Elie Weinberger (right) and his sister, Ruthie Ross. (Photo: Courtesy of Teddy Weinberger)

A mother of one of the boys spoke, and she very much expressed a lot of what I was feeling. On the one hand, we are extremely proud of our boys. The IDF sees a need for this incredibly demanding unit and our boys volunteered for the challenge. (While there is a universal draft, participation in elite units is voluntary.)

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August 24th, 2016

Jewish groups mobilize to aid Louisiana flood victims

Minnesota-based Nechama is among the groups helping

By BEN SALES

(JTA) — At midnight on Aug. 13, the floodwaters began to flow into Ellen Sager’s Baton Rouge home.

Her husband grabbed some important family documents, then the couple gathered some snacks and headed to a room on the second floor with their two teenage children. Sager assumed the waters would recede and the family could return within several hours.

Volunteers from JNOLA, a Jewish young adults’ group in New Orleans, at a house affected by the recent flooding in Baton Rouge, La., Aug. 20. Photo: Courtesy of the Jewish Federation of Greater New Orleans.

Volunteers from JNOLA, a Jewish young adults’ group in New Orleans, at a house affected by the recent flooding in Baton Rouge, La., Aug. 20. (Photo: Courtesy of the Jewish Federation of Greater New Orleans)

But after spending the entire next day cooped up in the room, the Sagers had to be evacuated from their block by boat. The water had risen to 4 feet outside the house and to 2 feet on the first floor.

Now their belongings sit in a heap on their front lawn. The house has been gutted — baseboards, floor molding and walls all removed — leaving a shell. With flood insurance, the Sagers have rented furniture and moved into a three-bedroom apartment, where they will live for the next six months.

The high school their son and daughter attend has moved into a church. They and their classmates won’t have lockers and will be limited by space to one notebook each.

“People are paralyzed,” said Sager, executive director of the Jewish Federation of Greater Baton Rouge. “People don’t know what to do. You’re watching your life being hauled away into a dumpster and you need to start all over.”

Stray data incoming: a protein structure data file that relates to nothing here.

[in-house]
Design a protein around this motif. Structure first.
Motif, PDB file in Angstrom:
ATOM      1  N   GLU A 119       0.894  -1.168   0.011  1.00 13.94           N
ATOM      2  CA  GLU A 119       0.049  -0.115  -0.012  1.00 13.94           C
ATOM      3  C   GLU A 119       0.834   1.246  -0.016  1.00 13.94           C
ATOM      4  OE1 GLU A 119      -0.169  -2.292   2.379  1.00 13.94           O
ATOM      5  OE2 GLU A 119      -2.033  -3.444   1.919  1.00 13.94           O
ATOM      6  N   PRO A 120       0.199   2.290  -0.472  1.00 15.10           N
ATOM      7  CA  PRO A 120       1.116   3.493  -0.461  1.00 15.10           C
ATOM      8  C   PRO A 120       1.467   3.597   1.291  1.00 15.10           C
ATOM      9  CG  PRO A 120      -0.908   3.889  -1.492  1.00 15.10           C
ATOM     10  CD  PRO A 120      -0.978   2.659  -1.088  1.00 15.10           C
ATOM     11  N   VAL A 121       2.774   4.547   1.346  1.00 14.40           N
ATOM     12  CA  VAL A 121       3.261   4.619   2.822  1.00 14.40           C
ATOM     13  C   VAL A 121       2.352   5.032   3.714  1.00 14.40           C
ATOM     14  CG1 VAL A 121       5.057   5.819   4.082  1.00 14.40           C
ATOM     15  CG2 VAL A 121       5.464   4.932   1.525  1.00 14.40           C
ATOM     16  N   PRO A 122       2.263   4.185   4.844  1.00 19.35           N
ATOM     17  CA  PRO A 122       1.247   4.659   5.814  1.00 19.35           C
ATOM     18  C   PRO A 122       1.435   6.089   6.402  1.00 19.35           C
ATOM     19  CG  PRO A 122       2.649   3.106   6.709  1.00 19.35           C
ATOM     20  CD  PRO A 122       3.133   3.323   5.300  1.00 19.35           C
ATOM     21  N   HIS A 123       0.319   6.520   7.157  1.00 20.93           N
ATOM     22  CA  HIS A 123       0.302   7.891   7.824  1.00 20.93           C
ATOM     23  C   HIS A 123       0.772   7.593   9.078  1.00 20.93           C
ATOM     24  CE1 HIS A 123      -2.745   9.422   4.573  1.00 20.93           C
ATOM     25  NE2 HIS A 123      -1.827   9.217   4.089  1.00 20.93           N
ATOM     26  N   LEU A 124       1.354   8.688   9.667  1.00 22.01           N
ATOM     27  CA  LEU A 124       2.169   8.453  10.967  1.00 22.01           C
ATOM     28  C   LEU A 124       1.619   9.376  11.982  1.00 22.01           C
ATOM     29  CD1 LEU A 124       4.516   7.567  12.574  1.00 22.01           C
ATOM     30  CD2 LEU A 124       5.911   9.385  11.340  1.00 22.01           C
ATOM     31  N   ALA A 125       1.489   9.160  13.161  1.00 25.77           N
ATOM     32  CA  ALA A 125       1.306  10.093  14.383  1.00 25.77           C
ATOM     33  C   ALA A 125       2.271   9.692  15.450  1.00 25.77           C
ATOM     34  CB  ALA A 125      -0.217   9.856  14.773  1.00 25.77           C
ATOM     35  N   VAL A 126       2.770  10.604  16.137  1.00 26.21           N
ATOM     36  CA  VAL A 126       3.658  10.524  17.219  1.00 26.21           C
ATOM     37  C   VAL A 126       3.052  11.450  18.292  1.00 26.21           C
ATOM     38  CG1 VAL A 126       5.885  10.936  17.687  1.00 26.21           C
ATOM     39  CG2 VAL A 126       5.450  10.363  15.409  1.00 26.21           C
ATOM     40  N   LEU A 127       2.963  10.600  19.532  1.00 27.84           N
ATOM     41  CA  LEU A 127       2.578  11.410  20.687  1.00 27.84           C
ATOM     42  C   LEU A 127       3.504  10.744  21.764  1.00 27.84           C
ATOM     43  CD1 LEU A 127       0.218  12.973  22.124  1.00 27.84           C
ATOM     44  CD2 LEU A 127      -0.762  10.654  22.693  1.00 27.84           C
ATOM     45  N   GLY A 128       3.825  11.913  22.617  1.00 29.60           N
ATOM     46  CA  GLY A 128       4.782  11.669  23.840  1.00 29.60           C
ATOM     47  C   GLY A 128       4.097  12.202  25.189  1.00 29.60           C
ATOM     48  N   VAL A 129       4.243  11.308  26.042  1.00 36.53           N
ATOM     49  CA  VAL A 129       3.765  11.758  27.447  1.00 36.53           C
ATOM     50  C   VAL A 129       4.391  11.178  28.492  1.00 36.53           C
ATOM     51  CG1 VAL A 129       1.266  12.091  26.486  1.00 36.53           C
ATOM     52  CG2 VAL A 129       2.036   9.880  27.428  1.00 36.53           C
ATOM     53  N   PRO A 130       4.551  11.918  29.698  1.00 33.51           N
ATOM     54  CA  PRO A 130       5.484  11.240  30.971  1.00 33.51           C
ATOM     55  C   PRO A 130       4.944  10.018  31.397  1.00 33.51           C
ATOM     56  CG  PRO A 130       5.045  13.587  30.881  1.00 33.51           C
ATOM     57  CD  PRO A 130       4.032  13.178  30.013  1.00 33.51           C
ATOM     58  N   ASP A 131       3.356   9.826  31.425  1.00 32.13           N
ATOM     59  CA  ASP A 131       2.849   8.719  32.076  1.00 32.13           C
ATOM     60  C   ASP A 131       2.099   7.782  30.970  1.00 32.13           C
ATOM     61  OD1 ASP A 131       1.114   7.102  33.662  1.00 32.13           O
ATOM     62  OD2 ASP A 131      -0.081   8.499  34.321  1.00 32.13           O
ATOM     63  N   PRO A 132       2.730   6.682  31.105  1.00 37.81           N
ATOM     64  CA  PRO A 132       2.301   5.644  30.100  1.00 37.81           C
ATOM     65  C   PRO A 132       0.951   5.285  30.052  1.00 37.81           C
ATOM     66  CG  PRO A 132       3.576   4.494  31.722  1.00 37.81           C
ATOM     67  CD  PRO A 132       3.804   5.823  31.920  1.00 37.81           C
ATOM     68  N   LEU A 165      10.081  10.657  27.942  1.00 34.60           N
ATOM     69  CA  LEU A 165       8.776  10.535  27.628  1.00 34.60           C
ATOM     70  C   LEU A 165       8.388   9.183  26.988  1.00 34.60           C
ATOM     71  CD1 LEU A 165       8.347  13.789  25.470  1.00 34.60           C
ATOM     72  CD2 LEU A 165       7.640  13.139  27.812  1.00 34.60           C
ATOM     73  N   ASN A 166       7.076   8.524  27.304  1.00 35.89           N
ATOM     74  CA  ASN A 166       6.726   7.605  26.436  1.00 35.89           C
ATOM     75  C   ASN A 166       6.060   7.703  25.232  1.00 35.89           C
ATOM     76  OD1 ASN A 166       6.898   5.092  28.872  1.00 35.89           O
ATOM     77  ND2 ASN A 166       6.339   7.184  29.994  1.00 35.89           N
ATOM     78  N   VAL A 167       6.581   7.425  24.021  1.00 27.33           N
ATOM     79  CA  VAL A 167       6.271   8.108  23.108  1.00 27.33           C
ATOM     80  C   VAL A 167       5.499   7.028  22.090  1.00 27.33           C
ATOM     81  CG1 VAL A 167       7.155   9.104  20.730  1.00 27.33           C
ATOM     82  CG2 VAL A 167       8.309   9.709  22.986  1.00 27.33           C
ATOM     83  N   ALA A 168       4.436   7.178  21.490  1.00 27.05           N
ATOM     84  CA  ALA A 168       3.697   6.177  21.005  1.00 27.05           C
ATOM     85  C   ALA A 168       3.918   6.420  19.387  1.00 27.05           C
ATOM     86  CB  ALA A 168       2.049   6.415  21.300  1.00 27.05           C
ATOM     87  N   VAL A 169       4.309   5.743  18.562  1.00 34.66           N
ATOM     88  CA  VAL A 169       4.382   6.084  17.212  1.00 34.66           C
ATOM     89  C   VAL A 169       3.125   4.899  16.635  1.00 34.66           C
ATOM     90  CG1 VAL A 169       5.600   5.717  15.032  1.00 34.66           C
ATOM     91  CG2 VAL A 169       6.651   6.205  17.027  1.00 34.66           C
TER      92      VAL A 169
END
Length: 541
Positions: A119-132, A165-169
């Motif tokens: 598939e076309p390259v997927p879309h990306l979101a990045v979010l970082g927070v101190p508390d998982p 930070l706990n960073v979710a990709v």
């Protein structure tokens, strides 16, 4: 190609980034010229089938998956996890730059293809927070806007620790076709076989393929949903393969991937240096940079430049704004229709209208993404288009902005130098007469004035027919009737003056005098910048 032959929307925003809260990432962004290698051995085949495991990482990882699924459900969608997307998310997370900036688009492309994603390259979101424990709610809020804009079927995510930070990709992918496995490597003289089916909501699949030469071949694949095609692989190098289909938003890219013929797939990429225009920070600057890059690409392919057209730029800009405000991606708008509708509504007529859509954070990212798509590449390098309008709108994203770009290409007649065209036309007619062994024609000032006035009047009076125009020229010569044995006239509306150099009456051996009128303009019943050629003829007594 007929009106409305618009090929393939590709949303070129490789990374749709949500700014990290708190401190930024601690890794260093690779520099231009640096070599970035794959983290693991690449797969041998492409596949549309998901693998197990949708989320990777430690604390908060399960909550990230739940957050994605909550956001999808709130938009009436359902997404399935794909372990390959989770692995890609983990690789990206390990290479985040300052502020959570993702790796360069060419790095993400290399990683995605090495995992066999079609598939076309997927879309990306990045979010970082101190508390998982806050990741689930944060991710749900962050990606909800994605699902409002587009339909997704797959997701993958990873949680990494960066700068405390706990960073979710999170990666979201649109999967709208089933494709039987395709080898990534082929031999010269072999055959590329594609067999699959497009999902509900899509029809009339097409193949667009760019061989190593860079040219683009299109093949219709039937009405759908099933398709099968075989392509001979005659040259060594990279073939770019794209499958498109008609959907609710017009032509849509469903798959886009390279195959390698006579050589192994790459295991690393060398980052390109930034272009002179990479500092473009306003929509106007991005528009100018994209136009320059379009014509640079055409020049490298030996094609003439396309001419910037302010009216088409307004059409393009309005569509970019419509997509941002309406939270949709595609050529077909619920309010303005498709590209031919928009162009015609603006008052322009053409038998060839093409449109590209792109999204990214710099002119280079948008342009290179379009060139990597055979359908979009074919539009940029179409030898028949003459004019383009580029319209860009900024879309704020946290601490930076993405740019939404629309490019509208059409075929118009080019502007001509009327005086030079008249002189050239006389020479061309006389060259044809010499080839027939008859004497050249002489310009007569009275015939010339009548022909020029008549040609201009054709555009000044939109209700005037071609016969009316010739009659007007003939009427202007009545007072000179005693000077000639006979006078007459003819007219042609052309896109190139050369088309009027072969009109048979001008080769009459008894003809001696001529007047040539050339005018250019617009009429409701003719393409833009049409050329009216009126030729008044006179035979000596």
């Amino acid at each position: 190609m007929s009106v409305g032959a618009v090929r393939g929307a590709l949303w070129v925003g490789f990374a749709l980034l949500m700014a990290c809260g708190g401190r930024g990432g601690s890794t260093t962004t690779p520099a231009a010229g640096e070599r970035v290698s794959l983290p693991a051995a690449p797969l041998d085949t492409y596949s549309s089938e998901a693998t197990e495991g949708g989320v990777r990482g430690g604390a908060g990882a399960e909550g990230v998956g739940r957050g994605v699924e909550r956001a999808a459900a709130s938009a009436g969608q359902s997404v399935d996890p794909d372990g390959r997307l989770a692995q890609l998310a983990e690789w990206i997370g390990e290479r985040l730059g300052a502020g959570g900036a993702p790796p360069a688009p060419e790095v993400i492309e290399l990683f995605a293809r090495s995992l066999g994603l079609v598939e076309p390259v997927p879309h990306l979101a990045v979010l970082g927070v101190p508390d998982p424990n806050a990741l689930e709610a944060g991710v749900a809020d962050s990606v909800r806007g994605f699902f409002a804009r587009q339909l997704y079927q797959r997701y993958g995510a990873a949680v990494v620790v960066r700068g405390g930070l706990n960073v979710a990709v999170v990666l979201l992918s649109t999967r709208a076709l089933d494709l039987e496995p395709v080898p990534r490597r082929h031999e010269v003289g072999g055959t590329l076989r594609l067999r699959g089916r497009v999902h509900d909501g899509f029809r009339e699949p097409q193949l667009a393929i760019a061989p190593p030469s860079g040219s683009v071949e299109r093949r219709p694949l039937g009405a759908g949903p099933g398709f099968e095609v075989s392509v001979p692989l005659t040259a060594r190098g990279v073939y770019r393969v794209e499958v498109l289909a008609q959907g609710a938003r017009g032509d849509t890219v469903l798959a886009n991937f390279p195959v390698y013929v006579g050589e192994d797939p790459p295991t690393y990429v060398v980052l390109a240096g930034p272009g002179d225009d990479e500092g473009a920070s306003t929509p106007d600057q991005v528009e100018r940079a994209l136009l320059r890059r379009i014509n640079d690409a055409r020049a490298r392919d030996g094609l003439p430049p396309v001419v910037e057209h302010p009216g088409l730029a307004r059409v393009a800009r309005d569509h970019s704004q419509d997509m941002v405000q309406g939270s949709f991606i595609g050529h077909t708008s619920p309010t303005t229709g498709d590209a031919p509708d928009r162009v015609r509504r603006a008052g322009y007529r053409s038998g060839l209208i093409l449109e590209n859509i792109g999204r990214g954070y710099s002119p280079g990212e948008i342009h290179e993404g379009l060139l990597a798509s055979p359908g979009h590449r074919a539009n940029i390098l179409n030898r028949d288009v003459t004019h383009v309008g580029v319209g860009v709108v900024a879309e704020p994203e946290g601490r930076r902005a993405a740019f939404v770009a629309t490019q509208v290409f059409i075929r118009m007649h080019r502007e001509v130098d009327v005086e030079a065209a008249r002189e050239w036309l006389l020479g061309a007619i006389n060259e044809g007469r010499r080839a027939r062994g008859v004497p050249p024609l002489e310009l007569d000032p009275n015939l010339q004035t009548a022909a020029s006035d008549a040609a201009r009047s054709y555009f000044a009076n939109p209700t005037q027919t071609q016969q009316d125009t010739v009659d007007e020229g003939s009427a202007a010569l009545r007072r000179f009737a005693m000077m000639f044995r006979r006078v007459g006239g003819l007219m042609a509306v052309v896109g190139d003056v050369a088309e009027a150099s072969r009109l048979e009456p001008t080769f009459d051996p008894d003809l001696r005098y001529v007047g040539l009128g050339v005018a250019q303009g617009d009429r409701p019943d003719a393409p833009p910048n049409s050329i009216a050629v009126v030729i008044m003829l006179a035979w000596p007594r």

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August 24th, 2016

Letters filled with hope

Every Day Lasts a Year: A Jewish Family’s Correspondence from Poland, edited by Christopher Browning, Richard Hollander and Nechama Tec, Cambridge, trade paperback, 291 pages, $24.99

Reviewed by NEAL GENDLER

For obvious reasons, voices of those killed in the Shoah are far rarer than voices of survivors, but in Every Day Lasts a Year, the dead do speak.

After his parents’ 1986 death in a car crash, Richard Hollander found a briefcase in their attic. Inside were stacks of letters and postcards in Polish and German with swastika postmarks from his father Joseph’s family in Poland — from November 1939 to December 1941, as Jews were steadily impoverished, restricted, confined to a ghetto and deported.

Sept. 18, 1939, Joseph presciently had left a thriving Krakow law career and travel agency, entering Romania with wife Felicia, heading for neutral Portugal via Italy, where they picked up Arnold Spitzman, 14, separated by illness from his Paris-bound relatives.

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Denied entry to Portugal, they found themselves on Dec. 6 on Ellis Island, without visas. For more than a year, Joseph fought deportation while simultaneously trying to rescue his mother, three sisters, two brothers-in-law and two nieces.

“Revealed in every letter is an almost childlike faith in Joseph’s ability to provide deliverance,” says Hollander. “There is no way to calculate the burden of being the only thread of hope of an entire family and its only survivor.”